Many engineers and biomedical researchers share a desire to improve the world around them. While some seek solutions to universal problems, others strive to improve lives in ways that are specific to local communities. For instance, food deserts, aging populations, climate and air quality in Arizona represent a unique intersection of applied health-related research opportunities.
With a five-year $570,000 grant from the National Library of Medicine, a team of University of Arizona professors is creating the Place-based, culturally responsive Health Informatics Research Education, or PHIRE, program. Health informatics is the field of study focused on optimal use of data and information, often supported by technology, to address questions in biomedical research and improve the health of individuals and communities. Place-based training engages students in research projects that respond to local health and environmental needs while considering all the strengths a particular place has to offer, such as its history, culture, people and ecology.
Principal investigator Vignesh Subbian, an associate professor of biomedical engineering and systems and industrial engineering, and an associate director at the Center for Biomedical Informatics & Biostatistics, said he is inspired by UArizona’s identity as a public R1 research university, land-grant university, and Hispanic-Serving Institution that is on the land and territories of Indigenous peoples.
“What that all means to me is we need to be doing work, whether it’s an education project or a research project, that serves our community,” he said. “It got me thinking, how can we leverage this to motivate students? Students are often interested in working on problems they can relate to.”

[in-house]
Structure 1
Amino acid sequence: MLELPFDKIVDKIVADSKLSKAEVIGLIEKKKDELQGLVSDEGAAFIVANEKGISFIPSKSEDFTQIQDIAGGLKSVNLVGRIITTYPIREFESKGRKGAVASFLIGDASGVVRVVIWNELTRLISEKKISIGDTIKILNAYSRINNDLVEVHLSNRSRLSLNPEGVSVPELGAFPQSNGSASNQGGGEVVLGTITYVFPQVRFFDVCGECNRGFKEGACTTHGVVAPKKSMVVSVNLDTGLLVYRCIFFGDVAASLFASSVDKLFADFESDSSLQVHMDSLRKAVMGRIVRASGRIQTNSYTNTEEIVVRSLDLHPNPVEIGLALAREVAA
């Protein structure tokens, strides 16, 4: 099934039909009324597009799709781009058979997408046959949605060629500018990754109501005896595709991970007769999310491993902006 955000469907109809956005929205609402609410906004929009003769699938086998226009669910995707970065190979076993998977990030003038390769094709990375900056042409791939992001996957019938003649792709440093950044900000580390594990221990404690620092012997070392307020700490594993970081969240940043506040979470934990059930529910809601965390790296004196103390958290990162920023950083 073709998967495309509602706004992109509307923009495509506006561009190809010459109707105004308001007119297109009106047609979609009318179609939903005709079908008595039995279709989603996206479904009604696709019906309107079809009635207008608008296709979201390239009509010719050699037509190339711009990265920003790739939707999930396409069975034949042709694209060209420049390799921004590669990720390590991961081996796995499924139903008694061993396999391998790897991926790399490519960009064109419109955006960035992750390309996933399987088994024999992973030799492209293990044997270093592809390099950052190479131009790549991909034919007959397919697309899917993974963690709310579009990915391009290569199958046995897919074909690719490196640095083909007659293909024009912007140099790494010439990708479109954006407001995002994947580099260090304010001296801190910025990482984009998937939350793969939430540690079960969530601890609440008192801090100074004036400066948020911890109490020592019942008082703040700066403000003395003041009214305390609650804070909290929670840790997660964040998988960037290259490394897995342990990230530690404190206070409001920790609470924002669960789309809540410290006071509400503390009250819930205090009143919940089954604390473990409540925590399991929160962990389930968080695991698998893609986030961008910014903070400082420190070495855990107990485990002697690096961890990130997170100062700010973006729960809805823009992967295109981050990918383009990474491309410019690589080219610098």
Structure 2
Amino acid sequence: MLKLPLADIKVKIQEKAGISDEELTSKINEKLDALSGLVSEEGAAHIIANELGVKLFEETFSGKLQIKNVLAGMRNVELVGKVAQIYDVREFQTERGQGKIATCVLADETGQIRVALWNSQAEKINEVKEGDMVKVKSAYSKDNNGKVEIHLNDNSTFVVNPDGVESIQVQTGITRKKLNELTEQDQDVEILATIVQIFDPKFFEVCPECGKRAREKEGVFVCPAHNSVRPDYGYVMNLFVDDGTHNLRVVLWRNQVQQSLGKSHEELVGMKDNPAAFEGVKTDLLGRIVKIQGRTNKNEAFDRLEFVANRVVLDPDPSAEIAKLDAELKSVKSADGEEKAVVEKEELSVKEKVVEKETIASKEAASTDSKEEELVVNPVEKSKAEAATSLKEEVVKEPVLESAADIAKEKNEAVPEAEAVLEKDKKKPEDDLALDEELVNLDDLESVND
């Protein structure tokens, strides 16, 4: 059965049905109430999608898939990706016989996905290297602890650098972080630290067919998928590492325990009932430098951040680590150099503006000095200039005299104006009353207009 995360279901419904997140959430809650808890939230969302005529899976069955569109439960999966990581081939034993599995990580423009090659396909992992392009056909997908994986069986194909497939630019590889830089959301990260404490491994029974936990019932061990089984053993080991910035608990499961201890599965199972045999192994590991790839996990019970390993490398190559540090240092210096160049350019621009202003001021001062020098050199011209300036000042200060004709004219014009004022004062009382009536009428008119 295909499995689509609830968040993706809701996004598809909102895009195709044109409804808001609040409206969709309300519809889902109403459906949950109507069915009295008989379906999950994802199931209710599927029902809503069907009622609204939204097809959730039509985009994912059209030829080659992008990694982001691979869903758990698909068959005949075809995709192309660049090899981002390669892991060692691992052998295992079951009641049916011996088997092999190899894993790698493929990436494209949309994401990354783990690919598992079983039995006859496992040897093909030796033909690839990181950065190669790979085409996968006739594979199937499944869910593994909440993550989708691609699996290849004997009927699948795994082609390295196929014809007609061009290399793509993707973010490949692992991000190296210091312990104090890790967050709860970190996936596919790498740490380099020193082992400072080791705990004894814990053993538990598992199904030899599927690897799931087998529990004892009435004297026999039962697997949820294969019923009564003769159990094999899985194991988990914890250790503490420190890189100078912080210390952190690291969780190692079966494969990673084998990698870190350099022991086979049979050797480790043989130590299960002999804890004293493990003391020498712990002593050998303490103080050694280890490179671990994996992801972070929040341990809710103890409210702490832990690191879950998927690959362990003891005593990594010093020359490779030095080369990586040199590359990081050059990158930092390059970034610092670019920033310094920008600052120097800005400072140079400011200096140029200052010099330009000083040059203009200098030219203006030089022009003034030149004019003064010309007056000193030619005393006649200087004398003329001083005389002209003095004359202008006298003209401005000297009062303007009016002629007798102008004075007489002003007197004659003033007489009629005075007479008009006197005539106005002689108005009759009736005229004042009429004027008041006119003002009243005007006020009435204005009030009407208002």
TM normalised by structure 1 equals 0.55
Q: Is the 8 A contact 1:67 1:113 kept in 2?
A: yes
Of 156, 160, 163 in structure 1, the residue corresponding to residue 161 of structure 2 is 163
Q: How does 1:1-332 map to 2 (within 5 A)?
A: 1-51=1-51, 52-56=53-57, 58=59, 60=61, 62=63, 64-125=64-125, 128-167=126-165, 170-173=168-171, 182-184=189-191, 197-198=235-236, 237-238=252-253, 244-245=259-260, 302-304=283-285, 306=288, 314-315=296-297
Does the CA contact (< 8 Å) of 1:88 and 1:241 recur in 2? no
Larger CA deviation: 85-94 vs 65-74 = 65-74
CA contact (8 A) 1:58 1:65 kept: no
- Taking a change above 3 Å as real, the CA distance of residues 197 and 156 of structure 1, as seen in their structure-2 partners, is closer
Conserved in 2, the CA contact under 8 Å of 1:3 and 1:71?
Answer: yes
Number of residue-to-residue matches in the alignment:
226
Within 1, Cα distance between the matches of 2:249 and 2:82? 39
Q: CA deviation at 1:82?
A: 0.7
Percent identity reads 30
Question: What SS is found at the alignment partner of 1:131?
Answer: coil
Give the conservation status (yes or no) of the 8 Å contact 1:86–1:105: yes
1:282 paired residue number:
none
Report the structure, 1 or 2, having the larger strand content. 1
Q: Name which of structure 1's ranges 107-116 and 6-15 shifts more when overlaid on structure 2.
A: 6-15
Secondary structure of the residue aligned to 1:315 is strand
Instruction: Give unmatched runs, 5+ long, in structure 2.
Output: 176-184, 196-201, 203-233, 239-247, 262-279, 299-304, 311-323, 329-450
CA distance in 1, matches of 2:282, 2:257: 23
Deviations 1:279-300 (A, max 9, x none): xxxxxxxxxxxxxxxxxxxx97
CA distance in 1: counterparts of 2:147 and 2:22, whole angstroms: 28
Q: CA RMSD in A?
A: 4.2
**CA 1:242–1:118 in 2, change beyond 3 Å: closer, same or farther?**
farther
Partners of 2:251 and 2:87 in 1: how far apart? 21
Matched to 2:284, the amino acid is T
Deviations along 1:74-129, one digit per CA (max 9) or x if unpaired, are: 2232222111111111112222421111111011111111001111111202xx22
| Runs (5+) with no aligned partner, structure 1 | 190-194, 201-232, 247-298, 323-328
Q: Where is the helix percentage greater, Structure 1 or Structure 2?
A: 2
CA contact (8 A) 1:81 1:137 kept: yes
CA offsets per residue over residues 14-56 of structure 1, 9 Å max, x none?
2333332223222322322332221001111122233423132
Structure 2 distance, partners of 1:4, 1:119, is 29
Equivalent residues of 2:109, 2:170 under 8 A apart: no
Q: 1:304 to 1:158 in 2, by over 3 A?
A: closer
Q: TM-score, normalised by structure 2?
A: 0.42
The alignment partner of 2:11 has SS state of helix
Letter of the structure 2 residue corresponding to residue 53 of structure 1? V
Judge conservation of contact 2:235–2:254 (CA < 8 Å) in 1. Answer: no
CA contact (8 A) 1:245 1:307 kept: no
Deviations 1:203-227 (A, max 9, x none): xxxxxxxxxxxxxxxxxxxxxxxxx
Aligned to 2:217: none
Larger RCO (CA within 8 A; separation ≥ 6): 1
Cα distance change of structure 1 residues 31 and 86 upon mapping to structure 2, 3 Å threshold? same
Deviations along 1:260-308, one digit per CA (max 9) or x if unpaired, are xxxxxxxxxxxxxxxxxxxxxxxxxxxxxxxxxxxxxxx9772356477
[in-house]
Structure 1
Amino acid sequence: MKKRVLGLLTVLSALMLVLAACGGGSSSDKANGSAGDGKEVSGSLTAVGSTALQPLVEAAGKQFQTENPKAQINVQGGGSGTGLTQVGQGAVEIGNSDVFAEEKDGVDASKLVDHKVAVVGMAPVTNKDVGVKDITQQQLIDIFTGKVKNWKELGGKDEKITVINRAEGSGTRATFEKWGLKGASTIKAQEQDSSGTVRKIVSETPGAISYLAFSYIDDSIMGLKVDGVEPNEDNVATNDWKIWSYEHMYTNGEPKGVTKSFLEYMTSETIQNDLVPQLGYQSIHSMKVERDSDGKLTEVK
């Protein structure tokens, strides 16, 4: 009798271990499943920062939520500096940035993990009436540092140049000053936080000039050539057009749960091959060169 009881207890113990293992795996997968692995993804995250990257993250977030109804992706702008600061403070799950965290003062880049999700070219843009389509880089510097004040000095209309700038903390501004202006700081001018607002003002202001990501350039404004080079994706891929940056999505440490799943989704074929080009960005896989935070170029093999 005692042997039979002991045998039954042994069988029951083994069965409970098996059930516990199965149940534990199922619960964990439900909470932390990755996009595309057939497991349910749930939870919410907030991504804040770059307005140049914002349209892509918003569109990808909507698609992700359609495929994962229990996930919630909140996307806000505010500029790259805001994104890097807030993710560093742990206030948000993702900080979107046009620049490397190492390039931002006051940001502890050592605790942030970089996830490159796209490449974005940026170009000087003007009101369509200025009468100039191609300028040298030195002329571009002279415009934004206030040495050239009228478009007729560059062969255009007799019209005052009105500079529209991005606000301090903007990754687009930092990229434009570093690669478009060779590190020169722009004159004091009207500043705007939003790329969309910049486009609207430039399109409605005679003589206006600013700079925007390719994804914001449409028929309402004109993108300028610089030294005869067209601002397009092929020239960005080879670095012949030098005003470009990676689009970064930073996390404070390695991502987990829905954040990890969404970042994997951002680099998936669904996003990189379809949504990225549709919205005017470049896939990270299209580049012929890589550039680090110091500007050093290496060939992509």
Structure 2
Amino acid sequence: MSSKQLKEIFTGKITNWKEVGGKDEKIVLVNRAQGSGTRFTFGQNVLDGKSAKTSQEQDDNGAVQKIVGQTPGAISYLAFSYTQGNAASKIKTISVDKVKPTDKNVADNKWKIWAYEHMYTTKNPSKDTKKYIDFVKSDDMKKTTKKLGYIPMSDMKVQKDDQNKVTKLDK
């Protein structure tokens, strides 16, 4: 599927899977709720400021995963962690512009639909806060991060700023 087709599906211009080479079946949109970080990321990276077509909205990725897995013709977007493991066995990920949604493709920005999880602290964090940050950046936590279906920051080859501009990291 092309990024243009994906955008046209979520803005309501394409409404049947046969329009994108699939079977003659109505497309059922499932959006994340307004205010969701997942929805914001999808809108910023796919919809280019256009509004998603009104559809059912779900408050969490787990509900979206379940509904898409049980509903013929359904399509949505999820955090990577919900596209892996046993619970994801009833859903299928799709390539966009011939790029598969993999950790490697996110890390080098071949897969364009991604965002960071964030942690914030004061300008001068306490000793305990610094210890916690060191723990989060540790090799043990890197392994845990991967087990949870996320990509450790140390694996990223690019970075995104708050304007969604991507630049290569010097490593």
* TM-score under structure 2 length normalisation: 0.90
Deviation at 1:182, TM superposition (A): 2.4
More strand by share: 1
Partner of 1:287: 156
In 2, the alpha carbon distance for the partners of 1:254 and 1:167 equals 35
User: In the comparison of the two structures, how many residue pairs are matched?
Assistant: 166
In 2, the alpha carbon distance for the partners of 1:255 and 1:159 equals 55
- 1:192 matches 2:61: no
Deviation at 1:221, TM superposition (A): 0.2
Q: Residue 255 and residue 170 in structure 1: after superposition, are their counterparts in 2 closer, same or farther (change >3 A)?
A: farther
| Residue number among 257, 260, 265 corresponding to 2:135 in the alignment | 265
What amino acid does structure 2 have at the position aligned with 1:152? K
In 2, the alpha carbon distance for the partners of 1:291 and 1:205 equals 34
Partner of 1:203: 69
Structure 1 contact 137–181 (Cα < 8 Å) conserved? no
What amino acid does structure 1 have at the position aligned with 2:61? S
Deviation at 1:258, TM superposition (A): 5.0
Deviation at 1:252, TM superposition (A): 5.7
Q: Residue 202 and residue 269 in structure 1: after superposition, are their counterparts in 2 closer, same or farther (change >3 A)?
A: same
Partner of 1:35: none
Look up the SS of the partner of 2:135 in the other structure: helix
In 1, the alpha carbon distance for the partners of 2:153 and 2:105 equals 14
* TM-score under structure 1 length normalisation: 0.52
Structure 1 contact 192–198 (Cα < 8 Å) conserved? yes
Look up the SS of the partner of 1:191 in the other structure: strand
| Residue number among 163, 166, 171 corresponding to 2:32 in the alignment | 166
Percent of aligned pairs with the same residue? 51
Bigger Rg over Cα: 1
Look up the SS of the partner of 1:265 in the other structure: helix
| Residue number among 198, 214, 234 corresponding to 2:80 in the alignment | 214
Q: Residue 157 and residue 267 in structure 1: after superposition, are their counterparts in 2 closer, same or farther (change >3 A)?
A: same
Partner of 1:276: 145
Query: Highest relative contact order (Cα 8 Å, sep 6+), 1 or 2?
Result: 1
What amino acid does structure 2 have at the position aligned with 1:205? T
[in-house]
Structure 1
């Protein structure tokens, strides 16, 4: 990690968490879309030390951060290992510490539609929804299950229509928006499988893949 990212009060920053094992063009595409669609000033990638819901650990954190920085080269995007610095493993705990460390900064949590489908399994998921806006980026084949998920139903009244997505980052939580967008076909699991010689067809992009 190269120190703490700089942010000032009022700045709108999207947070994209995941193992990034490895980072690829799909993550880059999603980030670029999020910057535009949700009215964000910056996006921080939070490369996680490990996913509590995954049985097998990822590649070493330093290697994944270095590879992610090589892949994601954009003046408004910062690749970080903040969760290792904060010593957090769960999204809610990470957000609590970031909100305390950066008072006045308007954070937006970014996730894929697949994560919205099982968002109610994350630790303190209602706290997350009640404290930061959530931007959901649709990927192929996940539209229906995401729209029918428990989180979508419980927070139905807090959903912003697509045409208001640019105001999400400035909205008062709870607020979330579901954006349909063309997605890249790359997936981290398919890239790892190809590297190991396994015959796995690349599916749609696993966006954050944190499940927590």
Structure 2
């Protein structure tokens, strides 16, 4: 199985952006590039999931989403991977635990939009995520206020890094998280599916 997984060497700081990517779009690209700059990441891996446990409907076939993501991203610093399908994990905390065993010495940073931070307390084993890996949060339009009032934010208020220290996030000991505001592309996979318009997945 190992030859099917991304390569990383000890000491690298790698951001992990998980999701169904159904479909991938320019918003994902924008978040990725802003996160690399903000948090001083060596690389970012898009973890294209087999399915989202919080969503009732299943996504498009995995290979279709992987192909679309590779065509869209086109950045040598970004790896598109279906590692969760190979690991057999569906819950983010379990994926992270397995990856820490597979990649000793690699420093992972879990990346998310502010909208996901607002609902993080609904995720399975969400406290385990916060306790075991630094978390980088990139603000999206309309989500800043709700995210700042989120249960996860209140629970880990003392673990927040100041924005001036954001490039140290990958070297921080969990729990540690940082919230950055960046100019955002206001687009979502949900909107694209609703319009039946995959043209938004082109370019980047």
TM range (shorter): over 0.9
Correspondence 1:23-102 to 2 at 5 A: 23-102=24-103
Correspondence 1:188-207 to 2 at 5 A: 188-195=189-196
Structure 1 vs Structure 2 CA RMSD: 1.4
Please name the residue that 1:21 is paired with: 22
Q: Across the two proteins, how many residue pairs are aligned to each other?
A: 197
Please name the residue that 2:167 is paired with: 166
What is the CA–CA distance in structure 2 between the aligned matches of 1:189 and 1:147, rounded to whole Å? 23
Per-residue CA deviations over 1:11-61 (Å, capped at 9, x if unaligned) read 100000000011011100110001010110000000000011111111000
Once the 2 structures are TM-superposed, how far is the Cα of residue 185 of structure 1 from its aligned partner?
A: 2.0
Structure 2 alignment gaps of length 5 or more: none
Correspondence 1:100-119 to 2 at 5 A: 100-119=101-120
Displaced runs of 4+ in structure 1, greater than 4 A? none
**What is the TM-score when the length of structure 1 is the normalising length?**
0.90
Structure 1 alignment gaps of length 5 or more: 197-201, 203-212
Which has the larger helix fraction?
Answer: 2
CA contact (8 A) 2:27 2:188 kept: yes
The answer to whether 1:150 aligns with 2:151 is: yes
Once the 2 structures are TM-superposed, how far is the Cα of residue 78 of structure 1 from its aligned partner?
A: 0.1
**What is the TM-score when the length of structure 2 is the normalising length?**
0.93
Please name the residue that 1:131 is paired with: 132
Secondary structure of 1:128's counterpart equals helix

The grant is part of the National Library of Medicine’s Short-Term Research Education Experiences to Attract Students to Biomedical Informatics/Data Science Careers and Enhance Diversity award initiative, which totals $8 million in investment to 12 institutions over five years.
Developing partnerships to increase health equity
Some place-based issues take a particularly large toll on communities that have been historically marginalized. These include inequitable access to clean water on Native Nations, poor infrastructure to access health care and digital technology in rural areas, and structural and systematic barriers to addressing disparities in healthy aging. Therefore, another major goal of the project is to recruit and retain students from historically minoritized groups to examine problems in impacted communities — sometimes their own communities.
“This moves the research questions from the abstract to the concrete,” said collaborating principal investigator Kacey Ernst, professor and program director in the Epidemiology and Biostatistics Department in the Mel & Enid Zuckerman College of Public Health. “It can generate new questions, better interpretation, and can drive a passion for the work that may not be there otherwise. This engagement serves underrepresented and marginalized communities by providing their voices in the research. Ideally, they will identify and drive the questions being asked based on their knowledge and context of the community.”